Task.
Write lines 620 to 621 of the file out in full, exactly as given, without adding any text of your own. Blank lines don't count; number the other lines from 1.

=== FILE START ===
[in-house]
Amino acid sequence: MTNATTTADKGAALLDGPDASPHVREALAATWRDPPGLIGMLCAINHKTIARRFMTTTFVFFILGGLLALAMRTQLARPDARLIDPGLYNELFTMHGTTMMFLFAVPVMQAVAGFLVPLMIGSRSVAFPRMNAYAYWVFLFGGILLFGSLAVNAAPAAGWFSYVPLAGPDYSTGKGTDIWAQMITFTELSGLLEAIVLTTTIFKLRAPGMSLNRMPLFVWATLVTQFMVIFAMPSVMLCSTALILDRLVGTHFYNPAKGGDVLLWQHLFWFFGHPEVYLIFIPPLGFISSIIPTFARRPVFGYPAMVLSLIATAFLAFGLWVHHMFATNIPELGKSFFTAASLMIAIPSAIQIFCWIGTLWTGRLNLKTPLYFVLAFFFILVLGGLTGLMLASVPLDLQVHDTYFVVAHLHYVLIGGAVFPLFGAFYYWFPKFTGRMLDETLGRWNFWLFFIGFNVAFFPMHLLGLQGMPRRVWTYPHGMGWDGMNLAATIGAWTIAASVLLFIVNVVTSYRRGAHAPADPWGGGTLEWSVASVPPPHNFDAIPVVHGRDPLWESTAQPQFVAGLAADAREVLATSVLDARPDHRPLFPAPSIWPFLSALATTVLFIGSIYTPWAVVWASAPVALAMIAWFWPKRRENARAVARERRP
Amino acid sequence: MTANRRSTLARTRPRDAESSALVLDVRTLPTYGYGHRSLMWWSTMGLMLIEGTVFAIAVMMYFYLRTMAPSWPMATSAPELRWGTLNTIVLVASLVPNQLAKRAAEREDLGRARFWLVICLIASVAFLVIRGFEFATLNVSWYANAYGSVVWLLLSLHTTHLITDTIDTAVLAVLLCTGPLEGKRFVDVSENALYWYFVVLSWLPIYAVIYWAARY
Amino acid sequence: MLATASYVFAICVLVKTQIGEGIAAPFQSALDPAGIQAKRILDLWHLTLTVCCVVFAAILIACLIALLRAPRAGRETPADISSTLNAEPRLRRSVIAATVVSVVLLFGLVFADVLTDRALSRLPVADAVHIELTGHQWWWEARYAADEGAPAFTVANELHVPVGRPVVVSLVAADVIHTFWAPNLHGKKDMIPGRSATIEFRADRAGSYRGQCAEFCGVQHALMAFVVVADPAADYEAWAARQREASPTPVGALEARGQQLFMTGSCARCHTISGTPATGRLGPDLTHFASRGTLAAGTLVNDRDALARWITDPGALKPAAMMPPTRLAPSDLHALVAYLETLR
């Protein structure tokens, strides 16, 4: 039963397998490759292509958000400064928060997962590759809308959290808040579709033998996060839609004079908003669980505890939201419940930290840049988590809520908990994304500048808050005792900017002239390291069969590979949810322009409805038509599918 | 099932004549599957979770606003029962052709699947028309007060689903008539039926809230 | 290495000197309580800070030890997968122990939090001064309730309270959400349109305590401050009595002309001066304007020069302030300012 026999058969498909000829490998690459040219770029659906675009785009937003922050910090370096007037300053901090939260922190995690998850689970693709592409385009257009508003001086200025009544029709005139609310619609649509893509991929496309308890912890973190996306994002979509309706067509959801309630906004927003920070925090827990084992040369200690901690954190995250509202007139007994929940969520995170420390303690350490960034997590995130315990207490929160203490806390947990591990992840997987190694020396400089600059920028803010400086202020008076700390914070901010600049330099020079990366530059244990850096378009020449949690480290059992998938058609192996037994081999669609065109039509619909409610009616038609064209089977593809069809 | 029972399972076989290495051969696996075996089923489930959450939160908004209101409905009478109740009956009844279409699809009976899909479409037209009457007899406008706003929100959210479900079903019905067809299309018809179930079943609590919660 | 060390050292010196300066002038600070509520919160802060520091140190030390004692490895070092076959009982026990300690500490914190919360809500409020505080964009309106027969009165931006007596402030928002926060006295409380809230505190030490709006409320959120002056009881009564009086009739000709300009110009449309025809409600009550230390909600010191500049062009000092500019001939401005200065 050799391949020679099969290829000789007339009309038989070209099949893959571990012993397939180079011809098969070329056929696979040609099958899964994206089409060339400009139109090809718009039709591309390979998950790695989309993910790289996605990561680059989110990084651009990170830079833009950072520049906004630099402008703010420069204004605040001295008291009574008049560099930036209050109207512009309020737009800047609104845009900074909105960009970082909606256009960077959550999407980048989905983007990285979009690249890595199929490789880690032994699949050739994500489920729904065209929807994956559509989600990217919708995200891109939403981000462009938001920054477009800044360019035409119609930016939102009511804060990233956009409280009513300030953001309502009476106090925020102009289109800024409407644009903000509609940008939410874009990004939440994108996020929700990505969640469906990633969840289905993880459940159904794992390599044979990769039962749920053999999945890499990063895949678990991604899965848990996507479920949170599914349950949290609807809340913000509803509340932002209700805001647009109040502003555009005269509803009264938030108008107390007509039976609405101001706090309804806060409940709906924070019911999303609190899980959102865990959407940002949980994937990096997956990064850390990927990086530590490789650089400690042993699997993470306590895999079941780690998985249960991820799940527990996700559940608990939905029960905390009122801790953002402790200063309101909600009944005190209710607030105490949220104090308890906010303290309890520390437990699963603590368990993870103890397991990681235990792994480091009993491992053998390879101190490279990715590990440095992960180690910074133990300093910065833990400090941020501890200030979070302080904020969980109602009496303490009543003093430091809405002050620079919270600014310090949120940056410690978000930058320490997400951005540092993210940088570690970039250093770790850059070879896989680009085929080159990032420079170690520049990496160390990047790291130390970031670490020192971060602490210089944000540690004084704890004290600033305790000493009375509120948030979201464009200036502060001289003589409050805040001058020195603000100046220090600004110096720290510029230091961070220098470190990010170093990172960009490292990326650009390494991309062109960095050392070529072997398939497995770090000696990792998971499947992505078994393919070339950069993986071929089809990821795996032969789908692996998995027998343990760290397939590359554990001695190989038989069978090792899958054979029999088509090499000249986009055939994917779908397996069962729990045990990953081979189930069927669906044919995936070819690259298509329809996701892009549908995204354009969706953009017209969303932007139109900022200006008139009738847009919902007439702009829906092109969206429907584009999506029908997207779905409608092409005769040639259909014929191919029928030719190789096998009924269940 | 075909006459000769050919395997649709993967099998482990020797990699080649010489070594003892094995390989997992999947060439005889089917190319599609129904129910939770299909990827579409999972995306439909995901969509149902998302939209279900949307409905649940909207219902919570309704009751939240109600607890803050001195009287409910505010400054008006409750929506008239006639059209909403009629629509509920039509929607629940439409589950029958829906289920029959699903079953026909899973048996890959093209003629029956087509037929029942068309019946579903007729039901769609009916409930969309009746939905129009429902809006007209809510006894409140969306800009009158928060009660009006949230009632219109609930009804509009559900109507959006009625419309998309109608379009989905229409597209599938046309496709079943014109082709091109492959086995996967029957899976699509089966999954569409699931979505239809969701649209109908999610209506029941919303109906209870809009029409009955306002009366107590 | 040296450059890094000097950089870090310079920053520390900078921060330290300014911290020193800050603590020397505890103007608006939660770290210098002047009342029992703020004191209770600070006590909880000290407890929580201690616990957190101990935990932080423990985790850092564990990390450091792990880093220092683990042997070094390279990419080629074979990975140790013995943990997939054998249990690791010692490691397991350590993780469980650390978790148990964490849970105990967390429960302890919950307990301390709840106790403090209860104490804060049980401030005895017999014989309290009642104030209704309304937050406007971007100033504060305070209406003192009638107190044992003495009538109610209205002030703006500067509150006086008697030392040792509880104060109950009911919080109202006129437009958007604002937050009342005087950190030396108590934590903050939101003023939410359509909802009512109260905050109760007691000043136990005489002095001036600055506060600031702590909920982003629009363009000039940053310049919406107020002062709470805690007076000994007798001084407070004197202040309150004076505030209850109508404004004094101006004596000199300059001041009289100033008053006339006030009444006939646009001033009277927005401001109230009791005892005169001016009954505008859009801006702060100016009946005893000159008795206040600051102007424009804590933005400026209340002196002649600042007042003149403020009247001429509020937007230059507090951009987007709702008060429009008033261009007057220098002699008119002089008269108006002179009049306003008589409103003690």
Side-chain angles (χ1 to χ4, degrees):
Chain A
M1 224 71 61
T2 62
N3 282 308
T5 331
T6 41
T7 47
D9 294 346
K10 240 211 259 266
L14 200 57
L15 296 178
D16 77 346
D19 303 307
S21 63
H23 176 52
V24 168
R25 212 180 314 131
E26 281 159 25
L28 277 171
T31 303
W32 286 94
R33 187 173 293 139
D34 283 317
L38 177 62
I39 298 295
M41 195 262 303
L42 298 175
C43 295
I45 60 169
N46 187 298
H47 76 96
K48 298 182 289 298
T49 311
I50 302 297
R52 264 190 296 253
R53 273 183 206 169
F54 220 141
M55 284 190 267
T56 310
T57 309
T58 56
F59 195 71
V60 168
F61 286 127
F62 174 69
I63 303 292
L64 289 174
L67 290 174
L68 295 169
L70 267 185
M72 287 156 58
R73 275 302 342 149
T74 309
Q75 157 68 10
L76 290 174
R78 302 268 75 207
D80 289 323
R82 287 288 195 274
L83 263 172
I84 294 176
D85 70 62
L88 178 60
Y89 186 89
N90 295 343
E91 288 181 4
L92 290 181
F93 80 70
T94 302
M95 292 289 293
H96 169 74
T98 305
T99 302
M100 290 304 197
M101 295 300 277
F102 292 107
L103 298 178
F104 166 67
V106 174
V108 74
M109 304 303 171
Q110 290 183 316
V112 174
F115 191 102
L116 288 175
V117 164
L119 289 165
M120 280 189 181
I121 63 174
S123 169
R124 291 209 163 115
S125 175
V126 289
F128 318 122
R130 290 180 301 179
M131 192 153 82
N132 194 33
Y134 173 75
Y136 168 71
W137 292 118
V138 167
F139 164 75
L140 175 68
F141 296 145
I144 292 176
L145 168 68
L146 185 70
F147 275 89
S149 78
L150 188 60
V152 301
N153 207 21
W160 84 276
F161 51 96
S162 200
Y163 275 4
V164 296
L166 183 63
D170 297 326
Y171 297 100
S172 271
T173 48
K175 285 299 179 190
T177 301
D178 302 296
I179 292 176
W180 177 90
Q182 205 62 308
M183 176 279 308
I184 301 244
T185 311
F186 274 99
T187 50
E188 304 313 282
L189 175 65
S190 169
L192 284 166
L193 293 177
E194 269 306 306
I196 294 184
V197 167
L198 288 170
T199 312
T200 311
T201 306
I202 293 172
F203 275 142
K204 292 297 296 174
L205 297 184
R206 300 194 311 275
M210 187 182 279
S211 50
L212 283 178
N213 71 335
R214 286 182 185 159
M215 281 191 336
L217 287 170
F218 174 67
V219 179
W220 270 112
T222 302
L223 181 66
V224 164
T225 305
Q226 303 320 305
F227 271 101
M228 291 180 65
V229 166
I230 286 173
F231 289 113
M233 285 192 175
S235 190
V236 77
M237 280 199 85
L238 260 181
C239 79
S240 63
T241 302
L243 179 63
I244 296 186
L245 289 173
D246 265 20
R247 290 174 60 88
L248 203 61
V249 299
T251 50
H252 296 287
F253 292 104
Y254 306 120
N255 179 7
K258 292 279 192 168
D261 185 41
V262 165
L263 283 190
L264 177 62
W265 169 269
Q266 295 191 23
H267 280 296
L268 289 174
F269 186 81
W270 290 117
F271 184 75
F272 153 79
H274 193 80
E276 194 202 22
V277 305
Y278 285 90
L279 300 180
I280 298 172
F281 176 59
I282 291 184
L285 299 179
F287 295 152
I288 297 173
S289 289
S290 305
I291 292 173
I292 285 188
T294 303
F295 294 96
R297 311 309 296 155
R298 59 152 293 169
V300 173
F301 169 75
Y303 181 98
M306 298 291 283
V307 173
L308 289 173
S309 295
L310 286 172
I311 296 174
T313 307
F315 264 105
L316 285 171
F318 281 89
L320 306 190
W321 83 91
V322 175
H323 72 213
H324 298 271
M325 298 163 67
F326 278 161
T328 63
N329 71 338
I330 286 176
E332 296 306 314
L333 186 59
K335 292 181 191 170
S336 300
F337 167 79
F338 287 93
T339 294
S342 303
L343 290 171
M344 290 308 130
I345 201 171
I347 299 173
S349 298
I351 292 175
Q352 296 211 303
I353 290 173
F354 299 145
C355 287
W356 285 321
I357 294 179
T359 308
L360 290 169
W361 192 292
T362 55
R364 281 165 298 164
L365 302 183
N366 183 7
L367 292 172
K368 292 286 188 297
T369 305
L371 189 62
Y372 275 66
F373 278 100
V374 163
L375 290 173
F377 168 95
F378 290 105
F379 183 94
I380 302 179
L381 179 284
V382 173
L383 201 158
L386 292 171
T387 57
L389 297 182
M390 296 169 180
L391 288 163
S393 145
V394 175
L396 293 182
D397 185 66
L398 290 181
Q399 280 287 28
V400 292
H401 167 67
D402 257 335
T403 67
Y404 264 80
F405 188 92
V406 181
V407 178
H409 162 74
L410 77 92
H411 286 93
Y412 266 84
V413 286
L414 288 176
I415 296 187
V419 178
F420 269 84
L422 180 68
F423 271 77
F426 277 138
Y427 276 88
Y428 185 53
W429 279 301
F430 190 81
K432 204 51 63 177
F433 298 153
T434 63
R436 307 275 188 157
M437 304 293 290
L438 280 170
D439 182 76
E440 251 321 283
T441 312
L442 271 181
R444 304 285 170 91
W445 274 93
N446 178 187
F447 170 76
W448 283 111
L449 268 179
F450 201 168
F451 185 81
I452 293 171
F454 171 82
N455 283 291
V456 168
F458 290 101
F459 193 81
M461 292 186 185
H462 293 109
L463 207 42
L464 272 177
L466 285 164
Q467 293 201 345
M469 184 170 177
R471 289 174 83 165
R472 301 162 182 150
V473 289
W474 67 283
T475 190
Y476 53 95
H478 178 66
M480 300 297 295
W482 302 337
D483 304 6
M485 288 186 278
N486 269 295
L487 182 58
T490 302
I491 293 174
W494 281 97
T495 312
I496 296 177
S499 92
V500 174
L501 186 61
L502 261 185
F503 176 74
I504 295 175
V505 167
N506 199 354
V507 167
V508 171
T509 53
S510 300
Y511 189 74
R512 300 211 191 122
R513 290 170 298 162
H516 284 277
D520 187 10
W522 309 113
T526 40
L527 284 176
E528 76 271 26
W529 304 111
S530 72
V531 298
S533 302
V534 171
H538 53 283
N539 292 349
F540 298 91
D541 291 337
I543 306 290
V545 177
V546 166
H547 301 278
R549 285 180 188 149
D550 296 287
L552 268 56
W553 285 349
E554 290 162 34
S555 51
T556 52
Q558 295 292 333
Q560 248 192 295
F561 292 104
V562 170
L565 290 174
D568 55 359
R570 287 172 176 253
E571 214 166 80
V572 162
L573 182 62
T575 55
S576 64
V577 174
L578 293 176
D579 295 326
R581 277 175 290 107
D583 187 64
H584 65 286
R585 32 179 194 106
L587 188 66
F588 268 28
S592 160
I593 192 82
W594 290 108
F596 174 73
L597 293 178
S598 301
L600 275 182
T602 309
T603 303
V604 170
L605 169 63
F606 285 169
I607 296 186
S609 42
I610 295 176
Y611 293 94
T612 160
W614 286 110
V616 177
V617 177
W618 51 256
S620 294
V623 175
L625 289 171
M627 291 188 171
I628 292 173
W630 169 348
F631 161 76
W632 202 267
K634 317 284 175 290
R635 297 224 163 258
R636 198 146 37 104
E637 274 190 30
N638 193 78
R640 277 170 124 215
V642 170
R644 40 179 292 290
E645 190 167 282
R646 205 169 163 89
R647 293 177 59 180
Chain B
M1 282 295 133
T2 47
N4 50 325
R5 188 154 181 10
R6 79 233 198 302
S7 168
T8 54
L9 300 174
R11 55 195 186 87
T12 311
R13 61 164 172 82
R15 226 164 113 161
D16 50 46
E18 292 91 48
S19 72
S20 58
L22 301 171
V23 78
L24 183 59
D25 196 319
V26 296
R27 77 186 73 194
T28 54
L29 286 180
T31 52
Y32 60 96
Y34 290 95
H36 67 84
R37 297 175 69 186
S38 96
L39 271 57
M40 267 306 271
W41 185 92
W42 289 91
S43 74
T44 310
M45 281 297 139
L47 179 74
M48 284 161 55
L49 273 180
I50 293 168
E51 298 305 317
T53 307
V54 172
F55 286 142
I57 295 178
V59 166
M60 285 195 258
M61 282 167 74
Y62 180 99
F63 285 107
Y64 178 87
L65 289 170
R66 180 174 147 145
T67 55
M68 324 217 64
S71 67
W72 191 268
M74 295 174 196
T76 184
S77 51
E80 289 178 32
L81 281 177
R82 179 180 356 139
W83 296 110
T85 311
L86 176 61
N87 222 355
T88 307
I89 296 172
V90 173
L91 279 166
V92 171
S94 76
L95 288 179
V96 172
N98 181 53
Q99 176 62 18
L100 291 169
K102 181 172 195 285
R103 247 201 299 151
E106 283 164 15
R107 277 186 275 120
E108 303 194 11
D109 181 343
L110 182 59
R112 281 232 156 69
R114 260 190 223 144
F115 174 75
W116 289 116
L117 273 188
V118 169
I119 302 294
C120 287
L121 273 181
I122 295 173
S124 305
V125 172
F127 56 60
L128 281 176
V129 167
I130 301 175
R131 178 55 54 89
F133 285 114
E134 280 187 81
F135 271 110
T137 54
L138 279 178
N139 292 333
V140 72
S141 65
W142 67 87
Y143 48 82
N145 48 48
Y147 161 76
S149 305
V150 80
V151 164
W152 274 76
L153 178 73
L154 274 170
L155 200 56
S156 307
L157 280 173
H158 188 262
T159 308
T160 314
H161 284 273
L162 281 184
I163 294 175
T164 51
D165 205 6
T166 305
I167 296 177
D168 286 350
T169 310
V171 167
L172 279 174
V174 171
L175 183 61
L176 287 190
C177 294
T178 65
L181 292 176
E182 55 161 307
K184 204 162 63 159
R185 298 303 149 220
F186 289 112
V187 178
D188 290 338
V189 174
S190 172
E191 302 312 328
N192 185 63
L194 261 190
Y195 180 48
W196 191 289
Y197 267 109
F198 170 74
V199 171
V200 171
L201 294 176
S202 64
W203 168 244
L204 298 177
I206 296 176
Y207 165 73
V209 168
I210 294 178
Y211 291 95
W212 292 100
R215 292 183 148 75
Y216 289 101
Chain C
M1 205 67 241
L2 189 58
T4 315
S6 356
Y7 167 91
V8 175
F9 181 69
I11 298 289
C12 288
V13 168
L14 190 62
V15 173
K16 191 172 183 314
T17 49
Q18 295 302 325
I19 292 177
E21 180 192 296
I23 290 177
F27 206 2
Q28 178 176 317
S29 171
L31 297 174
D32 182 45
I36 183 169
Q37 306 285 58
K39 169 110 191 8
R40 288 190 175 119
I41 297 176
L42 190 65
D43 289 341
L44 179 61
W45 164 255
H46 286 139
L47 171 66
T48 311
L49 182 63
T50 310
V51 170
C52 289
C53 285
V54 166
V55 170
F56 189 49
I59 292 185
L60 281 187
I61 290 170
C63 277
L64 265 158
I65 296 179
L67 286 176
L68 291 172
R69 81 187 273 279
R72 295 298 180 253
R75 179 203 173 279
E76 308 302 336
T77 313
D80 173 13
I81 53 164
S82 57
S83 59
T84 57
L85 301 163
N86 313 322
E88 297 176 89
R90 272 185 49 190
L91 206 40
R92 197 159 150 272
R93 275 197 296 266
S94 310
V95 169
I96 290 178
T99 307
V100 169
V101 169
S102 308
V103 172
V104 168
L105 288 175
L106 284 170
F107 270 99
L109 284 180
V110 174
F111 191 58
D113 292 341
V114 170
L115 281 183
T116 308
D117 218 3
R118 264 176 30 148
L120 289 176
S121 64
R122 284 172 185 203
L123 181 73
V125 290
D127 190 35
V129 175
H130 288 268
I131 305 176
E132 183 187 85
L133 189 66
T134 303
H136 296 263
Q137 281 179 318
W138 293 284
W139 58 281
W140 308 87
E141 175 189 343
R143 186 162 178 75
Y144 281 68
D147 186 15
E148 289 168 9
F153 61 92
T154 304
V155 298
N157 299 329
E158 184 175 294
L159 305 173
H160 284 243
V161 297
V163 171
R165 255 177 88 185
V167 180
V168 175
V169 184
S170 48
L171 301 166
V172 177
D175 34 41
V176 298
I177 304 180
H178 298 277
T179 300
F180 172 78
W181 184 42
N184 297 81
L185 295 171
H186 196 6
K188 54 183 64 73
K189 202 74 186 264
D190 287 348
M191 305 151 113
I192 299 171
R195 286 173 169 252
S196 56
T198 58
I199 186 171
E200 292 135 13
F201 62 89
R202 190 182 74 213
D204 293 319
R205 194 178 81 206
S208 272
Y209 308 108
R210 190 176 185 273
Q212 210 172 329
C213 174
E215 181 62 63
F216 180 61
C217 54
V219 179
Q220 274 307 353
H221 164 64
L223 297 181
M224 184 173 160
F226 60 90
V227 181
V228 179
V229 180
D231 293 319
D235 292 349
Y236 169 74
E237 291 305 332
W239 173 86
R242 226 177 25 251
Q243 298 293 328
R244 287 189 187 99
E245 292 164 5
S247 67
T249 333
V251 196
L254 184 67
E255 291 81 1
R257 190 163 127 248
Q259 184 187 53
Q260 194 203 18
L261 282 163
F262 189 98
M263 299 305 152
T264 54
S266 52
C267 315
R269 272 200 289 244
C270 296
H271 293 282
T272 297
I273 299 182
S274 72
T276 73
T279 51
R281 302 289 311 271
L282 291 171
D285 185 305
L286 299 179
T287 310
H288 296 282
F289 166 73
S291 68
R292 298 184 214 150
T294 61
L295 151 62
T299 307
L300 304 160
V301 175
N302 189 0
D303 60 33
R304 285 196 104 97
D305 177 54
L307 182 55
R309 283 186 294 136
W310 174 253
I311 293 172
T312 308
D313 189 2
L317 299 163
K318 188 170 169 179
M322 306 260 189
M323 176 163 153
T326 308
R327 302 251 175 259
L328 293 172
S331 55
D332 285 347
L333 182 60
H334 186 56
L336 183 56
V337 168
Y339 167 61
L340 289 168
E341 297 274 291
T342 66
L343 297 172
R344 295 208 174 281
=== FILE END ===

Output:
L176 287 190
C177 294